cbart387 Re:Macs? (385 comments)

You mean synaptic? It's available on Debian as well as Ubuntu.

more than 4 years ago
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Ubuntu LTS Experiences X.org Memory Leak

cbart387 Re:Oh Noes!!!! (320 comments)

if you keep waiting you end up with Debian that has delays longer than Ubuntu has between (non-LTS) releases.

I guess I could try one of the non-Debian based distros but my experiences with them have all been bad, worse than anything Ubuntu ever managed to do to Debian. Unless there are really bad deal breakers, I'd rather they get it out there and start the people on and the bugs filed while upstream might still bother to fix them. But yeah, backing up and being able to roll back to the last version is very much an advantage..

It sounds like you're more familiar with Debian's stable releases. I find that Debian testing is a pretty good balance between "stability" and "newness of software". I don't know if that would be something to consider ...

Added plus: using a rolling release so once on a computer I don't have to reinstall it again.

more than 4 years ago
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Ubuntu LTS Experiences X.org Memory Leak

cbart387 Re:Not as much sense as you think.... (320 comments)

Wasn't that because that was a LTS and since they have a policy of not upgrading during releases, that the LTS would have been stuck with Firefox 2? I understand the logic in that, but I disagree with the conclusion. At that point, the LTS almost becomes like windows where you need to wait for the next patch/update before using it. It's almost like Ubuntu's release cycle is a counter-reaction to Debian's.

more than 4 years ago
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Studying For Certification Exams On Company Time?

cbart387 Next question... (281 comments)

Should companies be able to require employees to obtain a certification, but refuse to pay for it, under threat of losing their job to a certified individual? Should it be or is it even legal to demand this of employees, especially if such a certification was not required at the time of hire?"

Yes and yes. Next question? Seriously though, I don't think this is even an area you can legally enforce. I would think that the only time you could enforce this is if IT is singled out as having to doing this on their time & dime and other departments get to study for exams on company time. The company you described doesn't sound like a great place to work, but that's capitalism...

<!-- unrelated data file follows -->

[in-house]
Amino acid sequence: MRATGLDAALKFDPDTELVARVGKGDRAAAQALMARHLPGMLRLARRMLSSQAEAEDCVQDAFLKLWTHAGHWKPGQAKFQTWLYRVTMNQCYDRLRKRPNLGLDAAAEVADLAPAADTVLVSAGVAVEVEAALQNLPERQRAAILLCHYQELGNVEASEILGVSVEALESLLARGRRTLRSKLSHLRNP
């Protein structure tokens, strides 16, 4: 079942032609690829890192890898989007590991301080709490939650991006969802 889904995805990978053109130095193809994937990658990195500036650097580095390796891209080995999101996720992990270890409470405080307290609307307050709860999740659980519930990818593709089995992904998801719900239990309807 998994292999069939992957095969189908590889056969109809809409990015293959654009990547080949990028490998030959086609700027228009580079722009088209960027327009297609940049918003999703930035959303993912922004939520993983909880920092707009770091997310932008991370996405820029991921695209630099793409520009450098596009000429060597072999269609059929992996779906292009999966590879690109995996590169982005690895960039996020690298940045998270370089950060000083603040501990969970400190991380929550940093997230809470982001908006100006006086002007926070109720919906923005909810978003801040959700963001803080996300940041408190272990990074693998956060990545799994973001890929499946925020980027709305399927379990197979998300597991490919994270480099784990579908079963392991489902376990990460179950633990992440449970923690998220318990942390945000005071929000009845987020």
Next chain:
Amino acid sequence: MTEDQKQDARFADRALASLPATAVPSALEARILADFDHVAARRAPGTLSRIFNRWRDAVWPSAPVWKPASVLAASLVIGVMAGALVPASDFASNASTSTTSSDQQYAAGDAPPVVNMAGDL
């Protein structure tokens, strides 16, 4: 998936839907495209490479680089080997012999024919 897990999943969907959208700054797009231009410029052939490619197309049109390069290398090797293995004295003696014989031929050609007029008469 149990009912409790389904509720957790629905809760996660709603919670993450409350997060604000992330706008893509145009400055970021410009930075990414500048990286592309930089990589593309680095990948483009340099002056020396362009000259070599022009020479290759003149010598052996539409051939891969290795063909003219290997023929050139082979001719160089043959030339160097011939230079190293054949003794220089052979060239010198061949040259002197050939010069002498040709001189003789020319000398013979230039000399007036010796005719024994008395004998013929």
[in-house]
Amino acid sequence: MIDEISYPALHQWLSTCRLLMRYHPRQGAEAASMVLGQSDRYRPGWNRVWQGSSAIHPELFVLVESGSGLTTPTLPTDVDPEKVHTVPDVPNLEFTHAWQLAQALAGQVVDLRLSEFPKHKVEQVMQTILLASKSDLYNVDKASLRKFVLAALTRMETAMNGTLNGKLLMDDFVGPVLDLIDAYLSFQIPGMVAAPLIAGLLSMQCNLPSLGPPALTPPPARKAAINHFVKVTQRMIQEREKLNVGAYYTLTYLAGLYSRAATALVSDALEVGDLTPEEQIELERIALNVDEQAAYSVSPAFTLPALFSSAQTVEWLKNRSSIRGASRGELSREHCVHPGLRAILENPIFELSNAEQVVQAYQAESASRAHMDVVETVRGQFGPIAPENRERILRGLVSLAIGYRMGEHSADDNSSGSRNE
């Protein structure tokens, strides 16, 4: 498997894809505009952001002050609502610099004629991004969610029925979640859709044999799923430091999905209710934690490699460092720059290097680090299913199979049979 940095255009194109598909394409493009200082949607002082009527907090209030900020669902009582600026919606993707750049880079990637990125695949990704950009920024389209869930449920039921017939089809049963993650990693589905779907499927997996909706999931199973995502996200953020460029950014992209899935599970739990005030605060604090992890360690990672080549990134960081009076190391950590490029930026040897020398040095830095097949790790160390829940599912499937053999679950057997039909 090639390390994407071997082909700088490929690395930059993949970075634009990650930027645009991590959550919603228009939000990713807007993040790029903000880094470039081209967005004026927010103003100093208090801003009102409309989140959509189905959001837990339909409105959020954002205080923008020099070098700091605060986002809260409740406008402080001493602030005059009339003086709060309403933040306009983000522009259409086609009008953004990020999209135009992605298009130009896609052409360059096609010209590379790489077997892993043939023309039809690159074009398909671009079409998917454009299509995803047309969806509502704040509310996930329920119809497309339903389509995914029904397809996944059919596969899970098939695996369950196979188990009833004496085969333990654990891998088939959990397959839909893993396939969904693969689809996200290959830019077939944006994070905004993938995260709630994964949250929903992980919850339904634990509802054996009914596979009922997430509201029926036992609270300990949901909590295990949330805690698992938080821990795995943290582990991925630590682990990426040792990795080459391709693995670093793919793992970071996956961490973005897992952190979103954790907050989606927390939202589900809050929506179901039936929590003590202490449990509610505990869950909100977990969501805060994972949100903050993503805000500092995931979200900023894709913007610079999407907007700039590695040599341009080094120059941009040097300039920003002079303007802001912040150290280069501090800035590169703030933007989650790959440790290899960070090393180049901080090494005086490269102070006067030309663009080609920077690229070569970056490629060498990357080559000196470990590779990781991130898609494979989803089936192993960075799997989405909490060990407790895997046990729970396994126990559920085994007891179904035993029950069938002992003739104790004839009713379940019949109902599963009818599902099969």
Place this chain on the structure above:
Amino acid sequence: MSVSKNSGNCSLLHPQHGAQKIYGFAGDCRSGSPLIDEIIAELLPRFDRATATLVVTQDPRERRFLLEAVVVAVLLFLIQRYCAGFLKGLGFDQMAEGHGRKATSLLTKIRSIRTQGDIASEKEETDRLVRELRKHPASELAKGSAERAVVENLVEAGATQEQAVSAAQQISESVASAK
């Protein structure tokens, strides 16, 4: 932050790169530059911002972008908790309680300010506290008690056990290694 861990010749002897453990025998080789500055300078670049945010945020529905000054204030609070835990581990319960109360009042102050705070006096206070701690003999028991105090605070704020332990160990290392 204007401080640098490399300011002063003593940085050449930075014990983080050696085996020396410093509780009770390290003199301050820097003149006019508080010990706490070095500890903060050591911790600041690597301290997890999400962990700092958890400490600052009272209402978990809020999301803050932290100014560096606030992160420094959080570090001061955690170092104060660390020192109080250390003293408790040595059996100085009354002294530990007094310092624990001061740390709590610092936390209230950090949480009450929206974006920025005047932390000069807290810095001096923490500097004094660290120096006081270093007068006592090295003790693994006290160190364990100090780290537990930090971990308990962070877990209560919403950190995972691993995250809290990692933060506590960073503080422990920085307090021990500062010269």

more than 4 years ago
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How Many Hours a Week Can You Program?

cbart387 Re:Time worked not an issue (547 comments)

My workplace (not just for IT) handles that by having a min of 30 hours you must work per week. Sick, vacation and etc count towards those hours. That way, there is some room to cut back on hours during the "non-busy" times, with the idea that some weeks you'll be more busy than others. You just need to maintain an average set of hours. Maybe that's something your employer would be willing to accept?

more than 4 years ago
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Science Attempts To Explain Heaven

cbart387 Re:Colour me skeptical (692 comments)

the Protestant evolution has been away from being able to speak to Mary and the Saints. Other Abrahamic religions are clear (Islam certainly - I don't know much about Judaism) that it is sacriligeous to expect anyone other than God to answer your prayers.

I'm not familiar as much with Judaism today, but the idea from the Old Testament is that the high priest performed intercessory prayers & sacrifices on behalf of Israel. I still think the belief is that God answered the prayer, but the people had to go through the high priest as a mediator. (Christianity, if following the New Testament and not rituals from Catholicism/etc, holds that Jesus is the new high priest.And being himself God, there's no need for another mediator.) So Christianity*, being "an extension" of Judaism, would also hold that it would be sacrilegious to pray to someone other than God.